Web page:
Having come to the decision that you’re going to sell your property, the next step is to either list your property with a Licensed Real Estate Agent, or if you’ve the time and resources take on the Agent’s role yourself and try to sell privately.
When listing with an Agent, the Real Estate Agents Act Professional Conduct and Client Care Rules (2009) clearly outlines the minimum standard of conduct to which Agents must adhere prior, during and following the listing day. While it appears to many sellers as an enormous amount of paperwork, it’s done in the interests first and foremost of the consumer.
The following is a brief outline of what the Agent has to comply with in order to list any land or business:
- The Agent will meet with the Client at the property in order to conduct the initial stages of an appraisal which includes recording all relevant details about the property
- Research the local market and establish a likely selling range
- Provide the Client with the completed written appraisal which realistically reflects current market conditions, and is supported by comparable information on sales of similar land in similar locations
- Prior to inviting the Client to sign the Agency Agreement, the Agent must explain to the prospective Client in writing;
- The conditions under which commission must be paid, how it’s calculated, including an estimated cost (this is an actual dollar amount) of commission payable by the client which will be based on the previously mentioned appraisal
- How the Agent proposes to market the property, including any additional expenses that will be incurred on behalf of the Client. The Client isn’t obliged to agree to such additional expenses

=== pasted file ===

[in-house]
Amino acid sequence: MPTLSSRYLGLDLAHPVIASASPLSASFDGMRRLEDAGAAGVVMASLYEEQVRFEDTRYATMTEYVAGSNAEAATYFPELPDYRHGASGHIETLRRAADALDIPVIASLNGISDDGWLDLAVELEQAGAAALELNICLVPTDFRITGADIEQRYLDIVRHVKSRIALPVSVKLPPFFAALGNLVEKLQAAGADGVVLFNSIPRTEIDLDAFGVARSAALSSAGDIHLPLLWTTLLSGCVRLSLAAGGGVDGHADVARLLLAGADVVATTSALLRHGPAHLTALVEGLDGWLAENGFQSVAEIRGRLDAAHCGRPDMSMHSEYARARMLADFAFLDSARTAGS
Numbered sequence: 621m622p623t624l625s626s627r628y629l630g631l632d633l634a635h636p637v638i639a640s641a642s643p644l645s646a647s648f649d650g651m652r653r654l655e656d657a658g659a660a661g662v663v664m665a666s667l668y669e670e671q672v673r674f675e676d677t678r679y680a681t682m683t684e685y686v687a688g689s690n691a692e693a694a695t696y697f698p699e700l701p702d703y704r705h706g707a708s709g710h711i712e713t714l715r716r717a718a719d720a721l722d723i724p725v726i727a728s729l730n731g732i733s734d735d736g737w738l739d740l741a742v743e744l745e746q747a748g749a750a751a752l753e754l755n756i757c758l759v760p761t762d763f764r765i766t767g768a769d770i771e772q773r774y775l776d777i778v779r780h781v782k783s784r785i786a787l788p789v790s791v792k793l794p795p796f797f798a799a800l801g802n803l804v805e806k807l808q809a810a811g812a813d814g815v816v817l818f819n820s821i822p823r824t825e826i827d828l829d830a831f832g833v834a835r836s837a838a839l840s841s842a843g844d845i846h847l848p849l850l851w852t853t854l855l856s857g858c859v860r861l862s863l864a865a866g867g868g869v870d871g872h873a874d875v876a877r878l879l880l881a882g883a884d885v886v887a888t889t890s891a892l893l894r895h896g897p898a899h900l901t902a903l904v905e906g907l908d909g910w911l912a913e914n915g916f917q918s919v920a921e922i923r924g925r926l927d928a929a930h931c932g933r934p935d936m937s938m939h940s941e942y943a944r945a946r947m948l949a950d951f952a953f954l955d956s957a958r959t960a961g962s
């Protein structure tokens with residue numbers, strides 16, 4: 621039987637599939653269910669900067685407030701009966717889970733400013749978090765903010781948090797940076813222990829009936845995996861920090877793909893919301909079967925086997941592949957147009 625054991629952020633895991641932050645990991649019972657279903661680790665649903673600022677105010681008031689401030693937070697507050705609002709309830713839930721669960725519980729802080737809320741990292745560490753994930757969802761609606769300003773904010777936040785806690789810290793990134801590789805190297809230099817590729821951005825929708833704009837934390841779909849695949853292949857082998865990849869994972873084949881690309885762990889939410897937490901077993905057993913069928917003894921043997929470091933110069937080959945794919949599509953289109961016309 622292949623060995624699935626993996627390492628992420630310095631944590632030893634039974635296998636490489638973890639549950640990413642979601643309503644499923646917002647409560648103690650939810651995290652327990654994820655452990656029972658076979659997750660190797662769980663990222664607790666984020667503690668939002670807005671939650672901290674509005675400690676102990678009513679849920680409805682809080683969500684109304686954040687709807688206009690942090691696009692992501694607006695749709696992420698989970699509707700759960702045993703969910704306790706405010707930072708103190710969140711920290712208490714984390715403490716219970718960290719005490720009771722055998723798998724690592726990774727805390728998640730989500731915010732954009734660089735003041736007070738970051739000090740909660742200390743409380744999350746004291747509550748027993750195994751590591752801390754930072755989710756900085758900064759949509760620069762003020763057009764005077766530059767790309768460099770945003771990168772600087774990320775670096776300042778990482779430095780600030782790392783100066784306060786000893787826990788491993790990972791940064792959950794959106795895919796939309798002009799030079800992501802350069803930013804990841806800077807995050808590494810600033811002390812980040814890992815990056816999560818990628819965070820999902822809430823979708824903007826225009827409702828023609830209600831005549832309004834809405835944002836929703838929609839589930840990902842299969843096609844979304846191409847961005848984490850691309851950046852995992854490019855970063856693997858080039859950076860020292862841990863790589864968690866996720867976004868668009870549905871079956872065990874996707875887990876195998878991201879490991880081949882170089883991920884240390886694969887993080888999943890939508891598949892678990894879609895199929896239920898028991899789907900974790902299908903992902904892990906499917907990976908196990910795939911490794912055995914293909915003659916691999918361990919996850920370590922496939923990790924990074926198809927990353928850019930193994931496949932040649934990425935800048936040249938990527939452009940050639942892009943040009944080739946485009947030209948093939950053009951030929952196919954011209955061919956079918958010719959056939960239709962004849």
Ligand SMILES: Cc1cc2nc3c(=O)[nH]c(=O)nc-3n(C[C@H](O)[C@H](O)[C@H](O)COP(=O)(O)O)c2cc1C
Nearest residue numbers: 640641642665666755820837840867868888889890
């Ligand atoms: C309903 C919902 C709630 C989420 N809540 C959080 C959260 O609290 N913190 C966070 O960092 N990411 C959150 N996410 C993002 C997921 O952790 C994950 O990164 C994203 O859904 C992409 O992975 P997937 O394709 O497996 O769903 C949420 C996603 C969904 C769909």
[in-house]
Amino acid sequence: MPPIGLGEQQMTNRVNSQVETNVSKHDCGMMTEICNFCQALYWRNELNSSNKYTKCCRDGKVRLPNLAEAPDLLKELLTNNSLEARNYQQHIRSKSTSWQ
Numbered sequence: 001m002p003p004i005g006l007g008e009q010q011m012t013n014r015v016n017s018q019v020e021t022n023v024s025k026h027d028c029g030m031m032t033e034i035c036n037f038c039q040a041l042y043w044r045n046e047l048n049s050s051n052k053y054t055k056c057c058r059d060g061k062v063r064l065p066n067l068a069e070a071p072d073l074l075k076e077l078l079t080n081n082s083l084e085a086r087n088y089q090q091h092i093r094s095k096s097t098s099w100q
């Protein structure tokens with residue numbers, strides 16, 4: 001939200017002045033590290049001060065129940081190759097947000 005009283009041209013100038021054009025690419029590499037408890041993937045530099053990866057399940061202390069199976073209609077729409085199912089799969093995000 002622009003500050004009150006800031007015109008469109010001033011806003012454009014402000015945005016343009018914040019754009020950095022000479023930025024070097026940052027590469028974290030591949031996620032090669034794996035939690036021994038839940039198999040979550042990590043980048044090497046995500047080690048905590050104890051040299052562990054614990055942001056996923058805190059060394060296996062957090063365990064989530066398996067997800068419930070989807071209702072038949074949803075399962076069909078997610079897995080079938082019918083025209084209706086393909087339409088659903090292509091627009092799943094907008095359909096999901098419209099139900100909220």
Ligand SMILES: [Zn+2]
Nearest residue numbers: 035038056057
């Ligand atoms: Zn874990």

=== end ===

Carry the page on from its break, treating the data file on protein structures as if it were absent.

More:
- Details and disclosure of any discounts, rebates and commissions which the Agent may receive
- Explain to the Client the Agent’s in-house procedures for dealing with complaints and disputes as well as making them aware of the REAA’s complaints process and how to access it
- Explain that if they choose, the Client can access further information on Agency agreements and contractual documents from the Real Estate Agents Authority (REAA).
- The Agent must also ensure that the Client is aware that they can, and may need to seek legal, technical, or other advice and information and allow the Client time to do so prior to signing an Agency Agreement
If it’s a residential property, there are some further compliance conditions:
- The Agent is required to provide the client with an approved guide (New Zealand Residential Property Agency Agreements Guide) before an agency agreement is signed
- The Agent is required to explain to the Client that they have the right to cancel a Sole Agency Agreement by 5 pm on the next working day
- Furthermore, that a Sole Agency Agreement in respect of residential property can be cancelled 90 days after the Agreement is signed
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